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Northlander by Meg Burden

First off I just have to say I want to give Charlotte a great big hug for finally getting me to read this book. It's actually been in my possession for an embarrassing almost two years and it took this round of Tell Me What to Read to kick my butt into gear. I don't know what kept me from it, given that I originally purchased it based on Leila's review over at Bookshelves of Doom. And she never steers me wrong. But I did undergo a pregnancy in between buying Northlander and reading it and so maybe that had something to do with it. Those pregnancies. They can wreak havoc on your mental state. In any event, I was pleased to see it pop up as the selection for this last month, particularly as I had heard the sequel had been published in the intervening time and I was looking forward to being able to run right out and read the second book if I ended up loving Meg Burden's first Tale of the Borderlands. That's the only good thing about waiting to read the first in a series, isn't it? And I held the knowledge of a sequel out before me like a promise. But more on that later.

Ellin Fisher and her father have come to the Northlands in secret and under pain of death. Her father--a noted Southling healer--has been summoned illegally to work his arts on the Northlands King. The king is dying and none of the leeches they call healers in the North have been able to do anything to ease his pain or stop the rapid decline. And so a few of his highest councilors do the unthinkable and smuggle a hated Southling healer and his red-haired daughter into the royal city as a last resort. Despite the fact that the king has specifically outlawed evil Southling magic and despite the fact that their southern neighbors are looked down upon like the plague. And so Ellin finds herself forced to hide out in a country where she is reviled and watch her father attempt to save the life of a man who would have them both flayed alive if he knew they set foot in his kingdom or dared to lay even a finger on his royal person. Then one freezing night Ellin is out fetching the ingredients her father needs and returns to the city gates only to be turned away on the grounds that she has no papers. And it turns out that the young guard who so acrimoniously shuts her out in the cold is the king's youngest son Garreth. But when Prince Garreth realizes it is Ellin's father who stands the only chance of saving his father and that Ellin herself possesses an unusually gifted talent for healing as well, things become a little more complicated. As Ellin works to reconcile the unfriendly, raw land she's come to with the friendship of Garreth and his older brothers her perspective begins to change and it is only the first in a long line of shocks she will have to endure before she and her father will be allowed to return home. If they aren't killed first.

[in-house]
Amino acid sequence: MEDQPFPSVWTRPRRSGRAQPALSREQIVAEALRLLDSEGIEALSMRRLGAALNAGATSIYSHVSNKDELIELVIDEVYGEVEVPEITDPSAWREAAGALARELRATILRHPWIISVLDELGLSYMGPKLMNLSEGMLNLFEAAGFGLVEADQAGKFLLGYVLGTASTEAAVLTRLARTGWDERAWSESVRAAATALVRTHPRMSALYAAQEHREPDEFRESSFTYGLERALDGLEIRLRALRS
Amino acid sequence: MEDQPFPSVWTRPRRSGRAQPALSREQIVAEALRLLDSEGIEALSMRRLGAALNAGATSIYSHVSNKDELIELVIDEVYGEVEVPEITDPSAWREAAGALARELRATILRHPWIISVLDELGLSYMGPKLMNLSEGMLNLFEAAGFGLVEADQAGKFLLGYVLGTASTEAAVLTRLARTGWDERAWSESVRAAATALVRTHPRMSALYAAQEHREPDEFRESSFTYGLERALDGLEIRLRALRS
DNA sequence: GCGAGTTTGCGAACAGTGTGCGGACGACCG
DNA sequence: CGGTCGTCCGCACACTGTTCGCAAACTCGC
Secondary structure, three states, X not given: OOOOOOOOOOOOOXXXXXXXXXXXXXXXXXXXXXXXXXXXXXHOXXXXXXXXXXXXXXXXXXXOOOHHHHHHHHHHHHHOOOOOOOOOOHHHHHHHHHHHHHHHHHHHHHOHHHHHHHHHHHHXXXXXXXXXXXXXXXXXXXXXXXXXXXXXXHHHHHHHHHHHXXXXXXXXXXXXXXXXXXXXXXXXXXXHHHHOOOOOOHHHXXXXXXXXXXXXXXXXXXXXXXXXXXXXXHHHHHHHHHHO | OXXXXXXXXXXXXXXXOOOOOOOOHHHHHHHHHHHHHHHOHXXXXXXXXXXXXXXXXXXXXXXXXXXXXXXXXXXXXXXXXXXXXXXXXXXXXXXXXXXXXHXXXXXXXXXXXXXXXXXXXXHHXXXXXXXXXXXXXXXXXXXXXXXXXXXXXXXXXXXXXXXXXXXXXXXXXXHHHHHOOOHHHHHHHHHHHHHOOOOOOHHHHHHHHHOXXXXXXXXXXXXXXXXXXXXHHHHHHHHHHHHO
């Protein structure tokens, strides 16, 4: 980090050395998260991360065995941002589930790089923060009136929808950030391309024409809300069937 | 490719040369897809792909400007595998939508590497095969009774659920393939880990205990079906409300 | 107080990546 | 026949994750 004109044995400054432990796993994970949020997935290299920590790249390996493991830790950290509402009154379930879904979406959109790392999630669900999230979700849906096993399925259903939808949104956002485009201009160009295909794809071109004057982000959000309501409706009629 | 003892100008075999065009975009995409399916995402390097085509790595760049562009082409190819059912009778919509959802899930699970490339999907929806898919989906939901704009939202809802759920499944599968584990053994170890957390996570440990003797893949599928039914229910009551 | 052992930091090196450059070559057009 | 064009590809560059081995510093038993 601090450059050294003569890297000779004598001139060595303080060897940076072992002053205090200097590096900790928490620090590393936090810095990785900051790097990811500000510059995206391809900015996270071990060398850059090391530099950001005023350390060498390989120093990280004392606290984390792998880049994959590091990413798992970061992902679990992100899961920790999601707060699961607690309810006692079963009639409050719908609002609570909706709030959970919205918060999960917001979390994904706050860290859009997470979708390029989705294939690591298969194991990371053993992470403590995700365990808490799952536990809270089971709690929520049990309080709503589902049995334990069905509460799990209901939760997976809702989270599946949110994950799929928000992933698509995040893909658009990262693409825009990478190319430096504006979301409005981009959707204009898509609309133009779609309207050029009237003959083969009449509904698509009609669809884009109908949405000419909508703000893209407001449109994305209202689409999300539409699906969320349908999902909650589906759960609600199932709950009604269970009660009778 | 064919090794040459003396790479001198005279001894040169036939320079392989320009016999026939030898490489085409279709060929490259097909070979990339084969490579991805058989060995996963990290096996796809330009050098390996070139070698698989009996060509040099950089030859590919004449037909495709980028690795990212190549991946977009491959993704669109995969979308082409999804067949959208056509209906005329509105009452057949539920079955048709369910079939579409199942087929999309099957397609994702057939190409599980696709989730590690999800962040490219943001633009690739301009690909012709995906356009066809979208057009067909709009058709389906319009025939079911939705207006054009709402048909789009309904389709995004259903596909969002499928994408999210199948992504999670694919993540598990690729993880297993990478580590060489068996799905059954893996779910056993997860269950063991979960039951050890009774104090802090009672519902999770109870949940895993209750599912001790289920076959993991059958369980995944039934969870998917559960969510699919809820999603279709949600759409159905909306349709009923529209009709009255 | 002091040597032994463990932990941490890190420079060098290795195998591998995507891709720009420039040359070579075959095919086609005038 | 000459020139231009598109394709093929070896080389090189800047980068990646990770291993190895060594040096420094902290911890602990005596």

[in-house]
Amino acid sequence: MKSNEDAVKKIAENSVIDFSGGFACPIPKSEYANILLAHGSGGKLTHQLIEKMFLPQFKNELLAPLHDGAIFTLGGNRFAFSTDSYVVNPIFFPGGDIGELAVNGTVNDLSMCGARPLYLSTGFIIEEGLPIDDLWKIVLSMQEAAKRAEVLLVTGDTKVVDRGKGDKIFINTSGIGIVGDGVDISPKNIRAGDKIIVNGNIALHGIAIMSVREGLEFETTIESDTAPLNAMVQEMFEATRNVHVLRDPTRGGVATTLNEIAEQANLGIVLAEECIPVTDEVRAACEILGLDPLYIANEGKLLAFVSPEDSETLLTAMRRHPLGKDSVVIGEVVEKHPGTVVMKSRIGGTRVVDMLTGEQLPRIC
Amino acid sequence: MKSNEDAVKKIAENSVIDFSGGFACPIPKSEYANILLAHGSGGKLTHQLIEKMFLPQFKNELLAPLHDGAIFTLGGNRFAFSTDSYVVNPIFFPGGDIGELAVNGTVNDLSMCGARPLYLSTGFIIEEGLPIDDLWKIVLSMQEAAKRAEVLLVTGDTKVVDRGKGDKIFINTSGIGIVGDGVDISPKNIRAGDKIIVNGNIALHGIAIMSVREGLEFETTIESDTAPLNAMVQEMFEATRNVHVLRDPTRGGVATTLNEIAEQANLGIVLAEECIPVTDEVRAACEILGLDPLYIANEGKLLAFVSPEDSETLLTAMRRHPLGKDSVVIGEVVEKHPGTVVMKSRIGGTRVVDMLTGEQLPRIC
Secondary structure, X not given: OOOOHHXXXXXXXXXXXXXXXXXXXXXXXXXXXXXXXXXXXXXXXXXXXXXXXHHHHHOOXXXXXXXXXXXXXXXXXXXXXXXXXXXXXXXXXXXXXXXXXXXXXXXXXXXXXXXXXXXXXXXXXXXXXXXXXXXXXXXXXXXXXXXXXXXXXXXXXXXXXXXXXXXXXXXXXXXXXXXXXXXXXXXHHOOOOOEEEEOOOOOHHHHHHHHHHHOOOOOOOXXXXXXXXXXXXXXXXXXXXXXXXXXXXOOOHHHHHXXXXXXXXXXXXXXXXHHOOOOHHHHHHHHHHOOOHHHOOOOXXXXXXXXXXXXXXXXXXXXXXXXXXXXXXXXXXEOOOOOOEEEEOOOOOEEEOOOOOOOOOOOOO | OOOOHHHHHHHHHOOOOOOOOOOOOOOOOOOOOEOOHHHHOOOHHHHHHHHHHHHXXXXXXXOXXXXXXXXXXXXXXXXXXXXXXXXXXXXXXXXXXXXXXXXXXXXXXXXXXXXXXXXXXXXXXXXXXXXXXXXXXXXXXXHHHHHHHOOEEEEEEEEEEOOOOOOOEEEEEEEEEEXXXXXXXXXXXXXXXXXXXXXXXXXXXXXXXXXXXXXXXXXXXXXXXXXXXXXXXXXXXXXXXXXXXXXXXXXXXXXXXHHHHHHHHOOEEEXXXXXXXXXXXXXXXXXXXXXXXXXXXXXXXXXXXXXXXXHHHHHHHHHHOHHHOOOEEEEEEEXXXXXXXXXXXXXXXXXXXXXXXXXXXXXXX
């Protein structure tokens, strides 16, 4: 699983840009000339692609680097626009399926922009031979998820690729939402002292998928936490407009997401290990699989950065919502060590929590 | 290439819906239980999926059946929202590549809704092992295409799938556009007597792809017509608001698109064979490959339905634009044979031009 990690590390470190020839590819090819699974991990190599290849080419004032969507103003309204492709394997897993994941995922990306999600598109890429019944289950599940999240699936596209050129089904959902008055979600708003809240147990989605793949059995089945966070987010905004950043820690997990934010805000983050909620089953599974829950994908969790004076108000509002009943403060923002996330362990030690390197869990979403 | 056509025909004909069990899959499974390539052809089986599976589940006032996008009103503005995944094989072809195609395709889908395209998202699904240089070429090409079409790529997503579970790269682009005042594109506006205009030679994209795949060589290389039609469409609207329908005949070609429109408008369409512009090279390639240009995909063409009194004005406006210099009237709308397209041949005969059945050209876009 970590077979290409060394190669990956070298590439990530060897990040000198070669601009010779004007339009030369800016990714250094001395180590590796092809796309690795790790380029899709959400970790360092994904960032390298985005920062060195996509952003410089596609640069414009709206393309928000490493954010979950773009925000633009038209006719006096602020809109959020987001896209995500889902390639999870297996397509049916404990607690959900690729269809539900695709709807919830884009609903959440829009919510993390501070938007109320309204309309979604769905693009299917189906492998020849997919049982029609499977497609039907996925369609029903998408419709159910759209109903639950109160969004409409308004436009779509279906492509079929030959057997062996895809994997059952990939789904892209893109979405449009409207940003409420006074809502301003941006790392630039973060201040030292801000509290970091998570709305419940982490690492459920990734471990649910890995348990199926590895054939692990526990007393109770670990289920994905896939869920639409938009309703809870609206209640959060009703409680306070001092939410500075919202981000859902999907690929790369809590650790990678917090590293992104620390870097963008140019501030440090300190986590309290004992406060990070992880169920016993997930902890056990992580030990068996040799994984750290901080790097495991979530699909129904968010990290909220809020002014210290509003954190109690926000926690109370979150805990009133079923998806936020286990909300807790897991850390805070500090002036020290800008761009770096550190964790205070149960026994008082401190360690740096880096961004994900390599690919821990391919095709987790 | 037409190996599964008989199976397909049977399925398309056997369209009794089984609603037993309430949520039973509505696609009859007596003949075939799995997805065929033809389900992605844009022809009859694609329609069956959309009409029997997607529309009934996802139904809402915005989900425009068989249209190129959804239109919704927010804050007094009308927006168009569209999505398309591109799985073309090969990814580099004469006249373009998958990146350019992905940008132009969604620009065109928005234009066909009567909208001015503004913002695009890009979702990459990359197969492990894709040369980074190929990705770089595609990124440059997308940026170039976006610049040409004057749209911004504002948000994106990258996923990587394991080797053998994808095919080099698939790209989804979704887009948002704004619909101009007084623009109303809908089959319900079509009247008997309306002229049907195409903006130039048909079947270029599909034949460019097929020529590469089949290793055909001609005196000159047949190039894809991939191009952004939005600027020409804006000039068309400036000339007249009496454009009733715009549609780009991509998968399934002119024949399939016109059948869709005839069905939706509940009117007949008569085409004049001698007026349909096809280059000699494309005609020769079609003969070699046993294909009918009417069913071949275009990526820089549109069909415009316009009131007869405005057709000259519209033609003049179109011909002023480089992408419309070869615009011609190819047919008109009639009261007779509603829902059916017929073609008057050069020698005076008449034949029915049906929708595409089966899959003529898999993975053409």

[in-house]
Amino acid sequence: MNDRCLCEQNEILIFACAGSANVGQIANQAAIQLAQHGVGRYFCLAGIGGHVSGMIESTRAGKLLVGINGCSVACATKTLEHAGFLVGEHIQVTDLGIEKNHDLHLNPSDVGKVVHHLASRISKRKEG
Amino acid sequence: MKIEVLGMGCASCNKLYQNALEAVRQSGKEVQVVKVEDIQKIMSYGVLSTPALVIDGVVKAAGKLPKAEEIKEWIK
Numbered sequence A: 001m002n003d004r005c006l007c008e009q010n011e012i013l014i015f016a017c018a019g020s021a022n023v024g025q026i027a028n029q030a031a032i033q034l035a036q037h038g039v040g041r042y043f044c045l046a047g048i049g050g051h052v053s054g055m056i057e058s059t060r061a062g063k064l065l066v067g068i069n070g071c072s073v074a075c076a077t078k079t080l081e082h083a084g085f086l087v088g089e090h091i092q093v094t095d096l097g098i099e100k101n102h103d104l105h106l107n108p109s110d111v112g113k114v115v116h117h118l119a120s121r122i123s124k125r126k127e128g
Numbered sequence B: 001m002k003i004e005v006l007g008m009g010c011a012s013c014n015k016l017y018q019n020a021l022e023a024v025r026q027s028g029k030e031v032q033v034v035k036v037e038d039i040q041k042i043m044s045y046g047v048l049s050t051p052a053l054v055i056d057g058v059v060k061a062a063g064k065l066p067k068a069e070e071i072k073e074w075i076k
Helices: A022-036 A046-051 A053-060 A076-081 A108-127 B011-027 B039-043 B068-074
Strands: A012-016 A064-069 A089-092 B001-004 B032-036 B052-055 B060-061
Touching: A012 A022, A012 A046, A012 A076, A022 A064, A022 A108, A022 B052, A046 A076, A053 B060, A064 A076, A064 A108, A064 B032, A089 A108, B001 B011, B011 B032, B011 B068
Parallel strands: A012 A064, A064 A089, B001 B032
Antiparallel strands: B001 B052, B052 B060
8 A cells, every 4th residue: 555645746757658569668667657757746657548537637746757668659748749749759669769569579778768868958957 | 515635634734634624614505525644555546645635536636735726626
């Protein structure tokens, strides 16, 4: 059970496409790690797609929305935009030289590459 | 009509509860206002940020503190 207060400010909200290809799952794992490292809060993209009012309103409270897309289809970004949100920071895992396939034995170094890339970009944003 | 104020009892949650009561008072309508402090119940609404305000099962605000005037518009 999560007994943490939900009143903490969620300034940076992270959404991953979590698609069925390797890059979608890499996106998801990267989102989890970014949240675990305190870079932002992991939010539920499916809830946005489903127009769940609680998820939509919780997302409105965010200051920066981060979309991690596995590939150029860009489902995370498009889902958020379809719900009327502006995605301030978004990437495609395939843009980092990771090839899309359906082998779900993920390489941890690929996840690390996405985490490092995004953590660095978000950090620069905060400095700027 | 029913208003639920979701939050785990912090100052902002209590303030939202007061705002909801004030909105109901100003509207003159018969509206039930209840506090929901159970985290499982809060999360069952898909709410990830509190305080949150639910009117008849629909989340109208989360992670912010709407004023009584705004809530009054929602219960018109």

I fell into step with Meg Burden's writing style from the first page. The easy, fluid writing reminded me a bit of early Tamora Pierce and Patricia McKillip, with a little bit of The Blue Sword thrown in for good measure. Ellin's relationship with her father is a strong one, even though they occasionally keep things from each other because of their love and desire not to see the other hurt. Her mother's death was hard on them both and it's a difficult and dangerous process allowing yourself to care about more people who might betray you by dying at any time. Which is why the Northlands princes pose a particularly uncomfortable problem for Ellin as it becomes clear that it will be impossible to hate them, with their blond hair and boyish charm and the way they seem to have of including her in their escapades. Even grumpy, dumpy Coll who is only interested in horses and wants Ellin in his home about as much as he wants an incurable disease. And they all clearly love their father, tyrant though he may be, and that is an emotion Ellin can relate to. Here is a scene early on, in which Ellin begins to see the castle and its inhabitants in a slightly different light:
He leads me through the hall Garreth brought me in and then into the castle's great room, where I stop with a quiet gasp and look around. I had thought this place dark and forbidding, but now, with sunlight streaming through the high windows, I realize I was wrong.

The darkness made all the furniture look black and heavy, but now I see that the large tables are deep red, with carved legs and polished to gleaming. The banners and tapestries are richly dyed, scarlet and deep green and dark blue and gold. And they're beautiful, worked with ornate pictures of wolves and horses and snow cats and other Northlands creatures. A fire crackles orange in the huge hearth, keeping the room warm despite its size, and benches and chairs are gathered in front of it, waiting for a storyteller and listeners to pass the cold nights.

Ahead of me, Erik stops and turns. "What's the matter?"

"This place," I say slowly, still dazzled. "It's beautiful."

He looks around, too, and shrugs."This? It's not bad."

I shake my head, realizing that this room has to be larger than the main room at Alder's inn, back home in Harnon. "It's so big. How many people live here?"

"At the castle?" Erik's brows pull together in thought. "Well, there's Da, and us. That's six. Nan and her girls make ten, add the stable boys, Jana the cook, Lord Ivan, Lord Erfold the Wise and his wife, Master Thorvald the Physician, Master Fenrik the Smith and his family . . ." he shrugs. "Twenty-five? Thirty? Alaric would know exactly, and could tell you without blinking an eye," he adds with a grin. "I'm not really sure."

I nod, a little overwhelmed at the idea of living with so many people. "So, do they call you Erik the Uncertain?" I ask, teasing, as we leave the room.

He grins again. "Erik Archer. Actually."

"Because you're as quick to shoot with a bow as you are with your mouth?"

"Not as quick as you," he retorts, half-laughing. "Or as sharp, apparently."

"And the others?"

"Well, they call Alaric the Golden."